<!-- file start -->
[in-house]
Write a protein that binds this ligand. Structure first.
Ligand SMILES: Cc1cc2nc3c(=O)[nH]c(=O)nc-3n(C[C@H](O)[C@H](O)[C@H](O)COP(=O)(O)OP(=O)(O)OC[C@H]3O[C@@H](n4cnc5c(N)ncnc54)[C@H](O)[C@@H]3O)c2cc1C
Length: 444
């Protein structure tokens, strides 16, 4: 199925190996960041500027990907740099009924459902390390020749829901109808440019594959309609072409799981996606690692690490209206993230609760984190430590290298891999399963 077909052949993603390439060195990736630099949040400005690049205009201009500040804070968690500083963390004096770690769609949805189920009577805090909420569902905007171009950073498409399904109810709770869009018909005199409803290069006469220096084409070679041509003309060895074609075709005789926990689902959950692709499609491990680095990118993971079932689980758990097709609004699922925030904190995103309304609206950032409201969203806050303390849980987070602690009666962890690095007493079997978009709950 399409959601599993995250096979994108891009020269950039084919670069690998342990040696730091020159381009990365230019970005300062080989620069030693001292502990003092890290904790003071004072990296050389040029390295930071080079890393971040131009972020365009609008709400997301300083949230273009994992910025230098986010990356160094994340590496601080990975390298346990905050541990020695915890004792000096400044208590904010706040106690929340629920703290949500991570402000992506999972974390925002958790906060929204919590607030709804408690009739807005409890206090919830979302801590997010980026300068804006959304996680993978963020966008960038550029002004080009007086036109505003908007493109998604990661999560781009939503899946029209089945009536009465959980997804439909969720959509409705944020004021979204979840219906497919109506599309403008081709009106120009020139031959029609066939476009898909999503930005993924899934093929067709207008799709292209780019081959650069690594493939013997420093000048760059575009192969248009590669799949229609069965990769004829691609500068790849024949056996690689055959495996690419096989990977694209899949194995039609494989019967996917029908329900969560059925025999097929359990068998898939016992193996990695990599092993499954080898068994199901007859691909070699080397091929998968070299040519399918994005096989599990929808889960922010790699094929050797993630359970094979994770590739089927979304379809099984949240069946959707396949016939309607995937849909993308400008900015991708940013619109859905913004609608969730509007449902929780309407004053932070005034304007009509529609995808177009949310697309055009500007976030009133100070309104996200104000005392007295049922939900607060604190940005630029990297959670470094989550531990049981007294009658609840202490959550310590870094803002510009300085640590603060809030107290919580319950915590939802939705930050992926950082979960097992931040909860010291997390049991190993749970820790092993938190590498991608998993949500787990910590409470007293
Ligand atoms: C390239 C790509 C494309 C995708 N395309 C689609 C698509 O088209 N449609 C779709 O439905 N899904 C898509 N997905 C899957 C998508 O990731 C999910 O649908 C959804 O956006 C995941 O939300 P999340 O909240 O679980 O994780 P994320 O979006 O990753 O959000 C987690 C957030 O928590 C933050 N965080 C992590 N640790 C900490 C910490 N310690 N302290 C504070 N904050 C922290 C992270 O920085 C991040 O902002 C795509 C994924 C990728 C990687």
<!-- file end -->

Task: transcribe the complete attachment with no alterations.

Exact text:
[in-house]
Write a protein that binds this ligand. Structure first.
Ligand SMILES: Cc1cc2nc3c(=O)[nH]c(=O)nc-3n(C[C@H](O)[C@H](O)[C@H](O)COP(=O)(O)OP(=O)(O)OC[C@H]3O[C@@H](n4cnc5c(N)ncnc54)[C@H](O)[C@@H]3O)c2cc1C
Length: 444
């Protein structure tokens, strides 16, 4: 199925190996960041500027990907740099009924459902390390020749829901109808440019594959309609072409799981996606690692690490209206993230609760984190430590290298891999399963 077909052949993603390439060195990736630099949040400005690049205009201009500040804070968690500083963390004096770690769609949805189920009577805090909420569902905007171009950073498409399904109810709770869009018909005199409803290069006469220096084409070679041509003309060895074609075709005789926990689902959950692709499609491990680095990118993971079932689980758990097709609004699922925030904190995103309304609206950032409201969203806050303390849980987070602690009666962890690095007493079997978009709950 399409959601599993995250096979994108891009020269950039084919670069690998342990040696730091020159381009990365230019970005300062080989620069030693001292502990003092890290904790003071004072990296050389040029390295930071080079890393971040131009972020365009609008709400997301300083949230273009994992910025230098986010990356160094994340590496601080990975390298346990905050541990020695915890004792000096400044208590904010706040106690929340629920703290949500991570402000992506999972974390925002958790906060929204919590607030709804408690009739807005409890206090919830979302801590997010980026300068804006959304996680993978963020966008960038550029002004080009007086036109505003908007493109998604990661999560781009939503899946029209089945009536009465959980997804439909969720959509409705944020004021979204979840219906497919109506599309403008081709009106120009020139031959029609066939476009898909999503930005993924899934093929067709207008799709292209780019081959650069690594493939013997420093000048760059575009192969248009590669799949229609069965990769004829691609500068790849024949056996690689055959495996690419096989990977694209899949194995039609494989019967996917029908329900969560059925025999097929359990068998898939016992193996990695990599092993499954080898068994199901007859691909070699080397091929998968070299040519399918994005096989599990929808889960922010790699094929050797993630359970094979994770590739089927979304379809099984949240069946959707396949016939309607995937849909993308400008900015991708940013619109859905913004609608969730509007449902929780309407004053932070005034304007009509529609995808177009949310697309055009500007976030009133100070309104996200104000005392007295049922939900607060604190940005630029990297959670470094989550531990049981007294009658609840202490959550310590870094803002510009300085640590603060809030107290919580319950915590939802939705930050992926950082979960097992931040909860010291997390049991190993749970820790092993938190590498991608998993949500787990910590409470007293
Ligand atoms: C390239 C790509 C494309 C995708 N395309 C689609 C698509 O088209 N449609 C779709 O439905 N899904 C898509 N997905 C899957 C998508 O990731 C999910 O649908 C959804 O956006 C995941 O939300 P999340 O909240 O679980 O994780 P994320 O979006 O990753 O959000 C987690 C957030 O928590 C933050 N965080 C992590 N640790 C900490 C910490 N310690 N302290 C504070 N904050 C922290 C992270 O920085 C991040 O902002 C795509 C994924 C990728 C990687």